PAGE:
Turkey and Tajikistan will mark thirty years of diplomatic relations today.
The two countries have forged close ties since the fall of the Soviet Union. Both are members of the Economic Cooperation Organization, an Asian political and economic intergovernmental organization. Additionally, Turkey was the only country whose embassy remained open during the Tajikistani Civil War. There is room for closer ties—Tajikistan’s ambassador to Turkey recently met with Turkey’s Defense Minister to discuss increased bilateral cooperation on defense.
Expect Turkey to seek increased bilateral cooperation on defense with Tajikistan as it works to increase its influence in Central Asia, where it increasingly navigates for power amongst Russia and China. The arrival of a Russian peacekeeping force in Kazakhstan in response to the recent unrest there shows that Russia still holds considerable sway in the former Soviet republics due to its military capabilities. As ethnically-Persian Tajikistan is unlikely to join the Turkish-led Organization of Turkic States, partnering on defense through joint training is a direct route for Ankara to increase its sway in the country. It is unlikely to pursue more aggressive cooperation including joint military exercises to avoid antagonizing Moscow—on which Turkey is energy dependent—in Russia’s “near abroad.”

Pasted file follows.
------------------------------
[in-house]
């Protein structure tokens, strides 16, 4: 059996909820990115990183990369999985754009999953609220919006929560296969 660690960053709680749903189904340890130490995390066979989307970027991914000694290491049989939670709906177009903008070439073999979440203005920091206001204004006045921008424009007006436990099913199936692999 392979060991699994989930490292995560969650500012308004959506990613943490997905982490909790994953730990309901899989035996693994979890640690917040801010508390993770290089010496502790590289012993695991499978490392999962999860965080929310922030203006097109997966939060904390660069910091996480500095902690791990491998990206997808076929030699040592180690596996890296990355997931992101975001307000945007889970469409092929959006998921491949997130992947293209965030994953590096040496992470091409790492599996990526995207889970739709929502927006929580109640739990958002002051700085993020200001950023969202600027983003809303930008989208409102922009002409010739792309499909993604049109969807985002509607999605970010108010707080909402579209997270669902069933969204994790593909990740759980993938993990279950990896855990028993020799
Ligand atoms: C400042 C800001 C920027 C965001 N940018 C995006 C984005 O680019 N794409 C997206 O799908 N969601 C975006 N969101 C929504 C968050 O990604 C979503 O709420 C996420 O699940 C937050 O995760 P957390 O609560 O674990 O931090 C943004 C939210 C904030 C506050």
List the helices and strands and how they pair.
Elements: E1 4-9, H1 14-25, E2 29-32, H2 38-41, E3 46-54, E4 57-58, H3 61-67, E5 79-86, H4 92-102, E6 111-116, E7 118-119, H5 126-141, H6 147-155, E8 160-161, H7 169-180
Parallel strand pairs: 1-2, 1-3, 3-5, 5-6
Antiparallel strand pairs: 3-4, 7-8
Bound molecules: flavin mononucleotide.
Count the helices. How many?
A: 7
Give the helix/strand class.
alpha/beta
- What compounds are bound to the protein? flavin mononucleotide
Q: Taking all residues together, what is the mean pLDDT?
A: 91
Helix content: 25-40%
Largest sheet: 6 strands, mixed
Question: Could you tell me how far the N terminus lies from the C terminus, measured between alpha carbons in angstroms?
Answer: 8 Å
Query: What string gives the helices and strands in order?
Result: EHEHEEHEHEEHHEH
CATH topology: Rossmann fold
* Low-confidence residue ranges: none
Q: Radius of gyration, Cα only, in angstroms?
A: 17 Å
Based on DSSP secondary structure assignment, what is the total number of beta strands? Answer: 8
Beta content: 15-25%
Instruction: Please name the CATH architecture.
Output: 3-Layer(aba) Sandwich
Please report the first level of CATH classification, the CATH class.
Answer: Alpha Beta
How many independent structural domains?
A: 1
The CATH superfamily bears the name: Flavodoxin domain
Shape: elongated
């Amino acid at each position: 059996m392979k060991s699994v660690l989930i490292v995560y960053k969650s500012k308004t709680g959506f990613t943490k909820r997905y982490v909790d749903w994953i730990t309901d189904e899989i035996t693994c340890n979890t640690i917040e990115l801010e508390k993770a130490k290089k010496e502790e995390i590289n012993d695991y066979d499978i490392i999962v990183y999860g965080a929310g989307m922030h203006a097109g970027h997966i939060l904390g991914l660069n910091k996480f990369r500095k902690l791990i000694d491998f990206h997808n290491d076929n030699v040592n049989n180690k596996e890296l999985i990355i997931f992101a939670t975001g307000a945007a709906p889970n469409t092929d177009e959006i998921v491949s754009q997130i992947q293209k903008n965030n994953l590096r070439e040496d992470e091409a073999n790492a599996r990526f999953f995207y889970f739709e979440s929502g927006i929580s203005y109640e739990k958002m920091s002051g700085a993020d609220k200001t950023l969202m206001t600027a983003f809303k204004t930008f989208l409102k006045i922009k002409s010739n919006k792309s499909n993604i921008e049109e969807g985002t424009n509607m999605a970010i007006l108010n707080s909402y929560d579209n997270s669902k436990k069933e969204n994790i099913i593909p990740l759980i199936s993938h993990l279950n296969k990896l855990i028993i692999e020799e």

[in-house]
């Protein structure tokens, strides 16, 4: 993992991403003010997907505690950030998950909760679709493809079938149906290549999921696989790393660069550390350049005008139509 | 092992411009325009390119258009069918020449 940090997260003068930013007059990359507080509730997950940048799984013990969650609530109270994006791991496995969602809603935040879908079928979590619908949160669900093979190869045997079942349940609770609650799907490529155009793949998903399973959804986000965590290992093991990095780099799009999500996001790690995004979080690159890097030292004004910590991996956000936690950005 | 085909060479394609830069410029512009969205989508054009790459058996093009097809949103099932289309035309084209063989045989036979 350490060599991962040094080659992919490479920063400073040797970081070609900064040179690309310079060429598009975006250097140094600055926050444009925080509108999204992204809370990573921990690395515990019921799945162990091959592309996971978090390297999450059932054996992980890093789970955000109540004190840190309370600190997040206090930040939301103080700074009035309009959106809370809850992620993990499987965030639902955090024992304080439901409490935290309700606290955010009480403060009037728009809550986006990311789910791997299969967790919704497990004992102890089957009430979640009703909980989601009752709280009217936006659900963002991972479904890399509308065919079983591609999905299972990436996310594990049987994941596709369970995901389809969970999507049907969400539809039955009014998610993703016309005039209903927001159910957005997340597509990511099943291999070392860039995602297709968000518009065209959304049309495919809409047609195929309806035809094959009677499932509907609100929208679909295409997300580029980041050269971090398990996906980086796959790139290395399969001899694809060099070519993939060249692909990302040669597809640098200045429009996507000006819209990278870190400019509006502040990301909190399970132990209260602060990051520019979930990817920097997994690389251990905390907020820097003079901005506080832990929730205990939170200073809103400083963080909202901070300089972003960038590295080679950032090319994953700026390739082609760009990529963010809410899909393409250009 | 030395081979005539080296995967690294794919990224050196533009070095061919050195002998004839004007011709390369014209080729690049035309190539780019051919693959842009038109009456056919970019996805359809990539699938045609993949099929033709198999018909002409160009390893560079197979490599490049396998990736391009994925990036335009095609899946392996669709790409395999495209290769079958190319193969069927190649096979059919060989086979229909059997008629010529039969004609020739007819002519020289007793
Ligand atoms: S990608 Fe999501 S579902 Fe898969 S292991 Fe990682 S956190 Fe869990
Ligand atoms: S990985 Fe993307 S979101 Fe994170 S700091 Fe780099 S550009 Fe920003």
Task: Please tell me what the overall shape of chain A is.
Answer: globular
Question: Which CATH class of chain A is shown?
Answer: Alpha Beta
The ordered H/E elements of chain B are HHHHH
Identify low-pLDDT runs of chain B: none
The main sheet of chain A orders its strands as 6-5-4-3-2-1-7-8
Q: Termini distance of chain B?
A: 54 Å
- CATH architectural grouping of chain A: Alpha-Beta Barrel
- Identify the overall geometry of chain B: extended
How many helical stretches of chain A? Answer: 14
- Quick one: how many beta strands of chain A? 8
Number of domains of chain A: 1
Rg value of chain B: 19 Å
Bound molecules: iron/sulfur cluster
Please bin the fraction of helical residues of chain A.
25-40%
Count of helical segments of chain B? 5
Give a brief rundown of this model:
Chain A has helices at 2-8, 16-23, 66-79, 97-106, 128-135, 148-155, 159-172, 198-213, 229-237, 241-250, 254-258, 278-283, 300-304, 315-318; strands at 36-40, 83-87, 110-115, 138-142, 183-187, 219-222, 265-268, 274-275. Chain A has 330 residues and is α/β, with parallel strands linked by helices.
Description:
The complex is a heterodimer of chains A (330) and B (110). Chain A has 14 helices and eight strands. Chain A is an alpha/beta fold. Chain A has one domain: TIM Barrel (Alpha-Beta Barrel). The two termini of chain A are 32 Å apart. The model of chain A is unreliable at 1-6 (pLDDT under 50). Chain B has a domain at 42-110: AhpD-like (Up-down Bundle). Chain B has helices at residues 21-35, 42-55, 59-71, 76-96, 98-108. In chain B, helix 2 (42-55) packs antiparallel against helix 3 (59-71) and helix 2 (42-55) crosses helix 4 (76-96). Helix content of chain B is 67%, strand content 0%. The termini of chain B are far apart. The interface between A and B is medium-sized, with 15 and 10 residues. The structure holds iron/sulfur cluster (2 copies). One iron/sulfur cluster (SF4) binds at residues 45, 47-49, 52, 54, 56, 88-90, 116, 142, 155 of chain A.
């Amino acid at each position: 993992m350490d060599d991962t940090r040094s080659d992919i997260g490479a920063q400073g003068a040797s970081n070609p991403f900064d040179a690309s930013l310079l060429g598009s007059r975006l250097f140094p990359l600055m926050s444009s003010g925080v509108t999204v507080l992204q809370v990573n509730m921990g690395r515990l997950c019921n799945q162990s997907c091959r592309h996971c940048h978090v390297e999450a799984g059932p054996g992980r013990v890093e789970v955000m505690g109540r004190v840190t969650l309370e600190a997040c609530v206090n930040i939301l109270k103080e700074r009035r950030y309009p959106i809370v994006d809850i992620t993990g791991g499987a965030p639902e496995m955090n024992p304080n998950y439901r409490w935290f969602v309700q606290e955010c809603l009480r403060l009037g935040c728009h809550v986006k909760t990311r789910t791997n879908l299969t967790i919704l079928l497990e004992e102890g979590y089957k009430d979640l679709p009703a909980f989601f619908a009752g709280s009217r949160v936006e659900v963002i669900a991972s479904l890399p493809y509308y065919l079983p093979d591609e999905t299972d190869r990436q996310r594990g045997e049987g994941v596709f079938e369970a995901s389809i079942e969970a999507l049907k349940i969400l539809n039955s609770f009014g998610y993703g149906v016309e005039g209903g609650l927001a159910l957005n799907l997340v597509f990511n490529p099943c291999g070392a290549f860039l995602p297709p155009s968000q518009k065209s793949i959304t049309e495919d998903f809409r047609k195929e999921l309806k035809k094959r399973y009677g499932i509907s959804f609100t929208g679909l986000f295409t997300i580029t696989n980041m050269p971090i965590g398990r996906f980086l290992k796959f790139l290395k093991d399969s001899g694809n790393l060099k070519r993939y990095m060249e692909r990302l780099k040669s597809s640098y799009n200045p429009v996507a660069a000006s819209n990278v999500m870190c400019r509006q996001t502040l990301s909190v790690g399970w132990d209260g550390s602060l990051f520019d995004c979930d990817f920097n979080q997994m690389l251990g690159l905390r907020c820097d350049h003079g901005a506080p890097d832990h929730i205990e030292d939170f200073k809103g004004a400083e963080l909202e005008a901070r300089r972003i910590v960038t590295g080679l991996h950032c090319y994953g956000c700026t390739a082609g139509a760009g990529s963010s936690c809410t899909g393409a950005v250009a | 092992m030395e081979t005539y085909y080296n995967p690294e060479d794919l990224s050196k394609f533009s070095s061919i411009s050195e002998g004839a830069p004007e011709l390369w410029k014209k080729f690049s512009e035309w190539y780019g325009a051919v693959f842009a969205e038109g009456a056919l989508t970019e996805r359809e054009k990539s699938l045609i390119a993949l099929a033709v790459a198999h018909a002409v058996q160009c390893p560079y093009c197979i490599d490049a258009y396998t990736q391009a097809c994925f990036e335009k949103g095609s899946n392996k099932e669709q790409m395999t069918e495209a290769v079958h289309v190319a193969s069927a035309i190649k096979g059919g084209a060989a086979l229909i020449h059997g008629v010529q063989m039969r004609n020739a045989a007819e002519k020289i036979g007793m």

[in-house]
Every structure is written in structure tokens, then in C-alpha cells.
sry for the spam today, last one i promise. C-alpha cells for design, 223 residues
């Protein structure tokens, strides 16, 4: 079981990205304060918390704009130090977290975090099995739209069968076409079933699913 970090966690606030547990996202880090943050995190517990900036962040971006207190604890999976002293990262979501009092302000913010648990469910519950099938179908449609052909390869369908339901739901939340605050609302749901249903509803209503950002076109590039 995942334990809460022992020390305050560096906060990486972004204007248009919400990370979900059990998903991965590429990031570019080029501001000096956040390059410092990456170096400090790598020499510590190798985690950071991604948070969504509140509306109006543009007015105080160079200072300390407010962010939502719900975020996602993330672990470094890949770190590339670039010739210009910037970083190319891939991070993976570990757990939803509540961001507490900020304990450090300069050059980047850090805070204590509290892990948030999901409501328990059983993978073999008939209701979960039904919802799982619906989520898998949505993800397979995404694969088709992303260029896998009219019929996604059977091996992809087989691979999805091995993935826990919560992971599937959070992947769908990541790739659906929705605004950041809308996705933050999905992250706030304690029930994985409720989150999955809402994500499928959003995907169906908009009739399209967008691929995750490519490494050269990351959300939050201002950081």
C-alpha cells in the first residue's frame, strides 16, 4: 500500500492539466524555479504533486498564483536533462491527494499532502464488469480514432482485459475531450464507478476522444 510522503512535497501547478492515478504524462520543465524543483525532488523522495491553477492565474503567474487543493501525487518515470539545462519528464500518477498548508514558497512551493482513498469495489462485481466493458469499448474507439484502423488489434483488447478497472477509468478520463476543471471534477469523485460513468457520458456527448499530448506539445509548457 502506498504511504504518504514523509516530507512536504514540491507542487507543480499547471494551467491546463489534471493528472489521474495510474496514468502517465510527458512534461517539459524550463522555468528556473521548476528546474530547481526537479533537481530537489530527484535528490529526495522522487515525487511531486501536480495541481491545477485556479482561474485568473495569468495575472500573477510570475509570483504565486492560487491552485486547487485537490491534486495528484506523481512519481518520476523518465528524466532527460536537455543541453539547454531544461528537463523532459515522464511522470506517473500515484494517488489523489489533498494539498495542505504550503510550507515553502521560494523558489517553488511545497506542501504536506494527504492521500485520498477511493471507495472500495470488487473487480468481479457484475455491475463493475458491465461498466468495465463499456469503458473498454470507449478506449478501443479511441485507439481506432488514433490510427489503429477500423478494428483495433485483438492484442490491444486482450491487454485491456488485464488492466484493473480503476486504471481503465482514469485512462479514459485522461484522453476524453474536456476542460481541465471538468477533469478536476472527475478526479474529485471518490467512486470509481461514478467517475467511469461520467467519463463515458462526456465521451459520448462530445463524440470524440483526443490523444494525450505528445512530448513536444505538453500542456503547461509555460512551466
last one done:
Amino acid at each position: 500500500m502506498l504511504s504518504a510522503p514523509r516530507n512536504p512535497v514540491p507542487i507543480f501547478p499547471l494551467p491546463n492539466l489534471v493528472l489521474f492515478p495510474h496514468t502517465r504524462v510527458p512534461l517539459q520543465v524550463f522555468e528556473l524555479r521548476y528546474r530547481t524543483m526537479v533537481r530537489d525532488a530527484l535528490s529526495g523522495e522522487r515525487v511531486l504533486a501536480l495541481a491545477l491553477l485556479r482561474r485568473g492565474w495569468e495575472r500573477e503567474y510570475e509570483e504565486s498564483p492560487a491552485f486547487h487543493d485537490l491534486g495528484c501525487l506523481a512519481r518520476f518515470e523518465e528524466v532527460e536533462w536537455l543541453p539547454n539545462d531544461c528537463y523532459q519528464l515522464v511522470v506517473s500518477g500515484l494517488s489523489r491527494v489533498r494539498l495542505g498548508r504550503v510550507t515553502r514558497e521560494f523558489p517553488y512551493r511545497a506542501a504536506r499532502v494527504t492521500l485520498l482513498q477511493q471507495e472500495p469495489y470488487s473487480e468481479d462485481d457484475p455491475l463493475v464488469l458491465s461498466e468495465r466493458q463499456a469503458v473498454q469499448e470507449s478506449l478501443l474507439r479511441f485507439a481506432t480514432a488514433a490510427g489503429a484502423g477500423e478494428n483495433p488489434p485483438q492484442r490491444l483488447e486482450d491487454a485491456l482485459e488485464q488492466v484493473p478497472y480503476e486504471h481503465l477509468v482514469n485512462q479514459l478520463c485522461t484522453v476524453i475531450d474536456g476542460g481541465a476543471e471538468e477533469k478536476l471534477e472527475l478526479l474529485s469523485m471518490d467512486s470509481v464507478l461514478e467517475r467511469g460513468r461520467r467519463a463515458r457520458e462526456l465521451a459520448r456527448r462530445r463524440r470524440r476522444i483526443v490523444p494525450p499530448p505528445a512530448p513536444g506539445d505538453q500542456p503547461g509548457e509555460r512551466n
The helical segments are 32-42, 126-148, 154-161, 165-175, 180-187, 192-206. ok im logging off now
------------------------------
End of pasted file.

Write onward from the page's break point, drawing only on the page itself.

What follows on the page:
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Jon is a Content Editor and Analyst within the Analysis division of Foreign Brief.